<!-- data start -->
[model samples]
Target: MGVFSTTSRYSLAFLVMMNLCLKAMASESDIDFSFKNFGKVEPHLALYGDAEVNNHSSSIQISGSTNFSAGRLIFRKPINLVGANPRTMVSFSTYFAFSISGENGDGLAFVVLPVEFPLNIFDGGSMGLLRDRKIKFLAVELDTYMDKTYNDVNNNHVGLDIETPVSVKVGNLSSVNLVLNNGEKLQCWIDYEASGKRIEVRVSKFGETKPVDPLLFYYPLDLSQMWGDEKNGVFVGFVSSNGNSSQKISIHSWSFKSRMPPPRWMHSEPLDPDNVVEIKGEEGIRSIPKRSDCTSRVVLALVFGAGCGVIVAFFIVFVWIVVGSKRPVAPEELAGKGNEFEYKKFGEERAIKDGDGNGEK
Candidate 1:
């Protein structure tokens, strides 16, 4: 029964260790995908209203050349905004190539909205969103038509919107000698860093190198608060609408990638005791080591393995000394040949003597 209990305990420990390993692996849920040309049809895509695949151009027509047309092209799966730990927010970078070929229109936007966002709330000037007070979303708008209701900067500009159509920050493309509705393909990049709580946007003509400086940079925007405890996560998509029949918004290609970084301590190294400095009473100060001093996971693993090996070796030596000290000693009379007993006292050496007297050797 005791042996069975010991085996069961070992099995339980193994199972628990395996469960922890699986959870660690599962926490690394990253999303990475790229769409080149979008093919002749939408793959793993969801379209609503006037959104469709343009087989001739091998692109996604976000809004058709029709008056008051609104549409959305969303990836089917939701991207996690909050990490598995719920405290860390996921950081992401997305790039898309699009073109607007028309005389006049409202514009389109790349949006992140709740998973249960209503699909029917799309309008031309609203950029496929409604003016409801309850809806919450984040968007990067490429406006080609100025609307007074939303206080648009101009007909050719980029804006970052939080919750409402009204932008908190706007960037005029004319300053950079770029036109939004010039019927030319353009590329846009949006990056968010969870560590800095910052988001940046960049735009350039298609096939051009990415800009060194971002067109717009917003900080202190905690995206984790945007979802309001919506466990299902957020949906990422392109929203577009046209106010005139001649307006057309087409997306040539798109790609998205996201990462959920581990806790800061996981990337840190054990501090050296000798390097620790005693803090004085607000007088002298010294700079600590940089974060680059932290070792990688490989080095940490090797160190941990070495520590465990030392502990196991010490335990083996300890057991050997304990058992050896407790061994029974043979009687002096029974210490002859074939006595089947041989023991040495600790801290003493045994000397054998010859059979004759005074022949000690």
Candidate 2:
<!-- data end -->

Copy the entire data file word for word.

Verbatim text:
[model samples]
Target: MGVFSTTSRYSLAFLVMMNLCLKAMASESDIDFSFKNFGKVEPHLALYGDAEVNNHSSSIQISGSTNFSAGRLIFRKPINLVGANPRTMVSFSTYFAFSISGENGDGLAFVVLPVEFPLNIFDGGSMGLLRDRKIKFLAVELDTYMDKTYNDVNNNHVGLDIETPVSVKVGNLSSVNLVLNNGEKLQCWIDYEASGKRIEVRVSKFGETKPVDPLLFYYPLDLSQMWGDEKNGVFVGFVSSNGNSSQKISIHSWSFKSRMPPPRWMHSEPLDPDNVVEIKGEEGIRSIPKRSDCTSRVVLALVFGAGCGVIVAFFIVFVWIVVGSKRPVAPEELAGKGNEFEYKKFGEERAIKDGDGNGEK
Candidate 1:
């Protein structure tokens, strides 16, 4: 029964260790995908209203050349905004190539909205969103038509919107000698860093190198608060609408990638005791080591393995000394040949003597 209990305990420990390993692996849920040309049809895509695949151009027509047309092209799966730990927010970078070929229109936007966002709330000037007070979303708008209701900067500009159509920050493309509705393909990049709580946007003509400086940079925007405890996560998509029949918004290609970084301590190294400095009473100060001093996971693993090996070796030596000290000693009379007993006292050496007297050797 005791042996069975010991085996069961070992099995339980193994199972628990395996469960922890699986959870660690599962926490690394990253999303990475790229769409080149979008093919002749939408793959793993969801379209609503006037959104469709343009087989001739091998692109996604976000809004058709029709008056008051609104549409959305969303990836089917939701991207996690909050990490598995719920405290860390996921950081992401997305790039898309699009073109607007028309005389006049409202514009389109790349949006992140709740998973249960209503699909029917799309309008031309609203950029496929409604003016409801309850809806919450984040968007990067490429406006080609100025609307007074939303206080648009101009007909050719980029804006970052939080919750409402009204932008908190706007960037005029004319300053950079770029036109939004010039019927030319353009590329846009949006990056968010969870560590800095910052988001940046960049735009350039298609096939051009990415800009060194971002067109717009917003900080202190905690995206984790945007979802309001919506466990299902957020949906990422392109929203577009046209106010005139001649307006057309087409997306040539798109790609998205996201990462959920581990806790800061996981990337840190054990501090050296000798390097620790005693803090004085607000007088002298010294700079600590940089974060680059932290070792990688490989080095940490090797160190941990070495520590465990030392502990196991010490335990083996300890057991050997304990058992050896407790061994029974043979009687002096029974210490002859074939006595089947041989023991040495600790801290003493045994000397054998010859059979004759005074022949000690």
Candidate 2: